It was a year that drove home one lesson with unusual brutality: Nothing lasts forever, no matter how solid it looks. In 2011 popular anger swept away dictatorial regimes across the Middle East and dysfunctional governments in Europe. The Occupy movement rattled authorities in the U.S. and found raucous echoes around the globe. Fury at austerity budgets sent millions more to the barricades. In London and other parts of England, for five sultry nights, there were riots. From Athens to Moscow, one impulse, often inchoate, brought people onto the street: to wrest power from institutions.
Yet in the midst of all that, the United Kingdom's biggest demonstration of popular opinion, on April 29, indicated that at least one institution still commanded wide respect. In the chill of predawn, crowds converged on the capital to participate in an event that promised to be a piece of history. These people, a million or more, came not in anger but in optimism, to cheer an ancient organization putting on the pomp to observe a traditional rite. They came to celebrate the wedding of Prince William Arthur Philip Louis, the second-in-line to the British throne, to Catherine Elizabeth Middleton, a commoner elevated through their marriage to Duchess of Cambridge and to a leading position to become, one day, Queen.
The royal wedding, and the celebration in 2012 of Elizabeth II's Diamond Jubilee, her 60th year on the throne, mark something of a comeback for the Windsor dynasty, which just 20 years ago appeared irretrievably tainted by scandal and divorce. Things looked as if they couldn't get worse, but they did, in 1997, with the death of Princess Diana. For the royals, however, comebacks run in the family. The most extraordinary characteristic of the extraordinary phenomenon that is Britain's monarchy is its ability to endure and renew. Since Charles II was installed on the throne in 1660, at the end of an 11-year experiment in republicanism that started with the decapitation of his father on the orders of Parliament, kings and queens have kept their heads and acted as heads of state. Their survival has relied on a willingness to adapt to public opinion without fatally undermining the idea that royals are different from most folk for the people, yet above the people.
No monarch has faced down greater existential challenges or perfected the technique of quiet adjustment to shifting realities with greater skill than the current Queen. The throngs that packed central London to see her grandson and his bride may have been caught up in the romance of a story sprinkled with the residual stardust of the groom's iconic mother and the fairy-tale plot line of a nice but ordinary girl snaring a prince; but they would not have turned up at all if not for the Queen's achievement in navigating more than half a century of tumult.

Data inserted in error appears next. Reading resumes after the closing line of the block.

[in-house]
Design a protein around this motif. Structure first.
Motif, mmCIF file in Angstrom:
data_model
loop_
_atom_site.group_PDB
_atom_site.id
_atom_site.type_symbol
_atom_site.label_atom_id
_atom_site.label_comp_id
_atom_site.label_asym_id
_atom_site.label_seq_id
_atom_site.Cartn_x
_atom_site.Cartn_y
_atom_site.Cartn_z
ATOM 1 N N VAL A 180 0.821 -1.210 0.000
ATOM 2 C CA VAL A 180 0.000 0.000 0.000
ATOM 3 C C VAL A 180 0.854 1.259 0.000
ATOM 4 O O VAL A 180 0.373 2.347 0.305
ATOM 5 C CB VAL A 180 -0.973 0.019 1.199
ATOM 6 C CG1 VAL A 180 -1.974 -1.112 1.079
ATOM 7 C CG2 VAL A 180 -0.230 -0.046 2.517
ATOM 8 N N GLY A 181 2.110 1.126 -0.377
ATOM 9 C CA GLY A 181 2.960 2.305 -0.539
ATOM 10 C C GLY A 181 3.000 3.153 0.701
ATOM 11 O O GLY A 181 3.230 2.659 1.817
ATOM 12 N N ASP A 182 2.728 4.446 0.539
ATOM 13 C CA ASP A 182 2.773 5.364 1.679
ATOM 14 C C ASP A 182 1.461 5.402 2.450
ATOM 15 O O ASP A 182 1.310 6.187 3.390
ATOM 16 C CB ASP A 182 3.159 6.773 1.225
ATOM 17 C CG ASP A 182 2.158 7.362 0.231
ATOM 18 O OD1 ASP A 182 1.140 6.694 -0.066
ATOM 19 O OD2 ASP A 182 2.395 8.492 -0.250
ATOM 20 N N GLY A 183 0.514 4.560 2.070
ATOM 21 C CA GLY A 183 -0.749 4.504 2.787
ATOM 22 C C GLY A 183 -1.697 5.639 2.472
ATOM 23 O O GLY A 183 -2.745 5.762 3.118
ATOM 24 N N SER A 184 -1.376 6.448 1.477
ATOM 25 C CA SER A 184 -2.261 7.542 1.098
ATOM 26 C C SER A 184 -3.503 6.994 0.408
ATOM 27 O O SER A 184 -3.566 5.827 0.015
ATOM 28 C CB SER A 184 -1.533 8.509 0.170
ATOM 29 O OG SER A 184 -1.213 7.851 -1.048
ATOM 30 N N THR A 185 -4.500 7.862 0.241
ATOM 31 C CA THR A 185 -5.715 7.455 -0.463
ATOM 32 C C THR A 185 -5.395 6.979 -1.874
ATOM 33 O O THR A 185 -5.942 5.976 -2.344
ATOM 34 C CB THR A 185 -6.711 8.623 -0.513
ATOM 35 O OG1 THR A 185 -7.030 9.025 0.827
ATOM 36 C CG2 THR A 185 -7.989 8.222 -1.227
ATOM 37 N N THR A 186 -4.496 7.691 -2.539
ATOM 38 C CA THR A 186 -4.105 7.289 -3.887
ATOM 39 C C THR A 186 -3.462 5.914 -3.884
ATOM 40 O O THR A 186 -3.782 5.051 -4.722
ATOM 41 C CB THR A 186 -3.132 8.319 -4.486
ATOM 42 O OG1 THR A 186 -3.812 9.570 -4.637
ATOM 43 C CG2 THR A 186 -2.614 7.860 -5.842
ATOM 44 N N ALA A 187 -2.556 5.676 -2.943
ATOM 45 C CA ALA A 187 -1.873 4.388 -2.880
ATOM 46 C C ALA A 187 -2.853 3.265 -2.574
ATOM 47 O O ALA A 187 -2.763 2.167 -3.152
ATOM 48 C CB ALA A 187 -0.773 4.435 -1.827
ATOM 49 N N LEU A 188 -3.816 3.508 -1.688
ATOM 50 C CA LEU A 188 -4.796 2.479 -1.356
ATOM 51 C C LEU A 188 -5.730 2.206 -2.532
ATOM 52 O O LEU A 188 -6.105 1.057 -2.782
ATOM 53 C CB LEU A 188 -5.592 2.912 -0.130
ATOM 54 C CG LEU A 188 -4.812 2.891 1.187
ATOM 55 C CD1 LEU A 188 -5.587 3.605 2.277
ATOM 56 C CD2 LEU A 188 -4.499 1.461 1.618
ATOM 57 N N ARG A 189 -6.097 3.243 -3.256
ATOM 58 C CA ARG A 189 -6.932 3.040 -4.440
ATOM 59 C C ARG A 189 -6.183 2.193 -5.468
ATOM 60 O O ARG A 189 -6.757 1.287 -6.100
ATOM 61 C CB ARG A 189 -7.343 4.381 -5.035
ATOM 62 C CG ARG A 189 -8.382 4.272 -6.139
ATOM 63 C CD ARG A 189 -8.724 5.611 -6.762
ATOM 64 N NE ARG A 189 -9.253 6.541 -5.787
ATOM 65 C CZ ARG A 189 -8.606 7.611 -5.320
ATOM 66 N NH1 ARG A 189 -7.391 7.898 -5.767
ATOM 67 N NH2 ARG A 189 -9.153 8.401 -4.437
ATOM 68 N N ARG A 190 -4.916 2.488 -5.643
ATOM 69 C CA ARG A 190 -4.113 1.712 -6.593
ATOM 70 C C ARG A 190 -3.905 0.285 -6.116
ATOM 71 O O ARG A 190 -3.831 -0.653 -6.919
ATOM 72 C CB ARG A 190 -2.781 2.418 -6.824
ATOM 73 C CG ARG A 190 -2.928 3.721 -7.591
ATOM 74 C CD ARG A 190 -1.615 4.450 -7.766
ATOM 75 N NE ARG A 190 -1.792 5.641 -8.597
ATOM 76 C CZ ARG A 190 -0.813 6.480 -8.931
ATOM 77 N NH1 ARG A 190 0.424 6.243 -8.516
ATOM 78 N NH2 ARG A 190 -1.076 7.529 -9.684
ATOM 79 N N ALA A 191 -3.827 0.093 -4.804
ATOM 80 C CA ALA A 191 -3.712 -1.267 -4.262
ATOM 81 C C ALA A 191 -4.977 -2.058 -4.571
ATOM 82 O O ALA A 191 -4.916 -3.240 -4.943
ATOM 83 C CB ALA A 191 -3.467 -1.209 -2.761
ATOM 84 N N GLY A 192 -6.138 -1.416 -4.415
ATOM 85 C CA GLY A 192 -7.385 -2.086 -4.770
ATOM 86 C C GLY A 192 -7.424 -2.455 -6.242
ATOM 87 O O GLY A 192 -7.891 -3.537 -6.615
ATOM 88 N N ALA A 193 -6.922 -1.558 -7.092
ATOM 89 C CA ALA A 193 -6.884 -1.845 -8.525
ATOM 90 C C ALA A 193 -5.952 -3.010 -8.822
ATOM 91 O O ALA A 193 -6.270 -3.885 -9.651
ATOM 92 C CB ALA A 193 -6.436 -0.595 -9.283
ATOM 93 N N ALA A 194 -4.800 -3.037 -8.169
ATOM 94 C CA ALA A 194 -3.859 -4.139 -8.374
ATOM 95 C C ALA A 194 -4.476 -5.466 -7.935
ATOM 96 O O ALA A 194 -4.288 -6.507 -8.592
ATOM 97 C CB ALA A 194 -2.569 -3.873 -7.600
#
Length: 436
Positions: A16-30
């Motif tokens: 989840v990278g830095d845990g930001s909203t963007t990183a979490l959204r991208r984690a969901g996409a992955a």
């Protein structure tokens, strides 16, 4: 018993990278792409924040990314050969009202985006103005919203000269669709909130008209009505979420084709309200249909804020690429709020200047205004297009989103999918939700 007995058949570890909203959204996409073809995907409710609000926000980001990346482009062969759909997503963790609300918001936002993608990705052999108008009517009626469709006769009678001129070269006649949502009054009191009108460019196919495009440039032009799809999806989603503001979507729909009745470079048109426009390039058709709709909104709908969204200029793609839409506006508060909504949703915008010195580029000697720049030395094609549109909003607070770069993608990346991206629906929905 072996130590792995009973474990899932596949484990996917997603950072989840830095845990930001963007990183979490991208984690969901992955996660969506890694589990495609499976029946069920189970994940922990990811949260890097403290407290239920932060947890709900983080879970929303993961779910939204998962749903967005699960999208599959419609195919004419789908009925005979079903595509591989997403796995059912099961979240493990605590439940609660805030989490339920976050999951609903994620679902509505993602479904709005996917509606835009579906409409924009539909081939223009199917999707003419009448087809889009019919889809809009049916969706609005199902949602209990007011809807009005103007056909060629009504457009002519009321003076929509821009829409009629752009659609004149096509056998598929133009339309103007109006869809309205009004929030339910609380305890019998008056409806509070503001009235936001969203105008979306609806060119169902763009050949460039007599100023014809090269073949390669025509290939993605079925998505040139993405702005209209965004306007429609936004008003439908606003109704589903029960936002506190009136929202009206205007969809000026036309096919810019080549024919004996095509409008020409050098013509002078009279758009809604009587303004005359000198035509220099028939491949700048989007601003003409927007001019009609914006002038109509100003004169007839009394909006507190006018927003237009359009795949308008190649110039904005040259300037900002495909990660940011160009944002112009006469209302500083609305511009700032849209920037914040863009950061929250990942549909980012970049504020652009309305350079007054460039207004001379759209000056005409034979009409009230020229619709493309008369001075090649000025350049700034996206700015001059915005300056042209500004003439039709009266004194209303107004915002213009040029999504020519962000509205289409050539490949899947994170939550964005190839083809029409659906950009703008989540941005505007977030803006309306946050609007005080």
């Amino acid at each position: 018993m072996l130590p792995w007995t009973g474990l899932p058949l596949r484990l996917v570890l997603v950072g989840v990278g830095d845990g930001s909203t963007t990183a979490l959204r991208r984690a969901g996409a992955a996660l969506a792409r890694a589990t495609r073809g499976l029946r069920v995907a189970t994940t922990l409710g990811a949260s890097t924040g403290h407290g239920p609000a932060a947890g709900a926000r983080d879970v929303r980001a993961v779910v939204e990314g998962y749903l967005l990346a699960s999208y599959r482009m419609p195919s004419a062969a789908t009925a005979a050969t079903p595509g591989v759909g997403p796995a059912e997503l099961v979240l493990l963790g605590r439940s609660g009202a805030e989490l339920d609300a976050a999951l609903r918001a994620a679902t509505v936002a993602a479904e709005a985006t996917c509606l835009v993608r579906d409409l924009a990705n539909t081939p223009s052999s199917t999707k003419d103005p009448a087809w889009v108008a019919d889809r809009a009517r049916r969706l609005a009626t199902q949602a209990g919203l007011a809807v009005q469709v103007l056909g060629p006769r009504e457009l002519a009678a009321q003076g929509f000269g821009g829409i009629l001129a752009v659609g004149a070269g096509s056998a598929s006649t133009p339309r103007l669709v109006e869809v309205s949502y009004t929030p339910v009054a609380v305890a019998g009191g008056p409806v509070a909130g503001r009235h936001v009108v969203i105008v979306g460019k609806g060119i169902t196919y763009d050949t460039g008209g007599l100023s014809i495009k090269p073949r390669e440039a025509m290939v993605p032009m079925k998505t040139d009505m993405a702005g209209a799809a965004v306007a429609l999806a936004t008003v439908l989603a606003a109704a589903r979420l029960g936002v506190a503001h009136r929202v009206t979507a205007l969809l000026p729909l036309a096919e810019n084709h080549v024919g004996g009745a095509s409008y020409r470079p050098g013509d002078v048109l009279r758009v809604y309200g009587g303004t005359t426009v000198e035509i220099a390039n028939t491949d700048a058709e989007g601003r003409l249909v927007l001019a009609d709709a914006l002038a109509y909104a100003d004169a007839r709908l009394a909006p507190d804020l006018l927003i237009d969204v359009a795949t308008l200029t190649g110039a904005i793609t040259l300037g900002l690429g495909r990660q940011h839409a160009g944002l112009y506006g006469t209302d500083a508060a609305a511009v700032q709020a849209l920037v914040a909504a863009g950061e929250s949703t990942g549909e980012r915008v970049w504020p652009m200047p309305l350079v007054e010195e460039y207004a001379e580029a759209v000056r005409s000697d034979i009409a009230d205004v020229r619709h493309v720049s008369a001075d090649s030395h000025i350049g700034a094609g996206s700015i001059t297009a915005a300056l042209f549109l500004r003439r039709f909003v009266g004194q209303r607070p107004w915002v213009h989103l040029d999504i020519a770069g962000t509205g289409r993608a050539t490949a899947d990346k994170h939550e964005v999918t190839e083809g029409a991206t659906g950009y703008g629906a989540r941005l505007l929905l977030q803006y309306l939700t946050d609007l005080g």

Her Diamond Jubilee year opened with no letup in the popular unrest that in the previous year had dismantled seemingly impregnable establishments. The United Kingdom itself could be imperiled as Scottish nationalists look forward to a 2014 referendum on independence. Yet those same nationalists have pledged to keep Elizabeth II as head of state whatever the outcome of the vote, and there are festivities planned on both sides of the border to mark the Queen's Jubilee. During an extended holiday weekend in June, the focus will return to London with a flotilla of 1,000 boats expected to accompany the sovereign's barge along the Thames, a concert at the gates of Buckingham Palace, a carriage procession to a thanksgiving service at St. Paul's Cathedral and, in an oddly sci-fi touch, the Queen will trigger a giant laser to light the last in a series of beacons to be illuminated across the U.K.
Britain's anti-monarchists and there are more than a few, around a fifth of Britons, according to polls, with 20,000 of them signed up as supporters of the pressure group Republic are preparing to celebrate too. For them the Jubilee presages the beginning of the end of the Elizabethan age and the eventual transition to a less sure-footed monarch.
In 1936, the monarchy survived the abdication of Edward VIII, who gave up the throne to marry the American divorcée Wallis Simpson. Indeed, the monarchy emerged stronger for it. That says something about where the two biggest risks to the institution reside: Any crisis raises questions about its continued existence, and it is only as good as its leader. King George VI, Edward's successor, stilled the questions raised by the abdication by proving far better suited to the kingship than his capricius brother, courageously overcoming his famous stammer to articulate a vision of national unity in a time of war. His daughter Elizabeth II has only rarely put a foot wrong. Her son and heir, the Prince of Wales, has not always appeared so deft.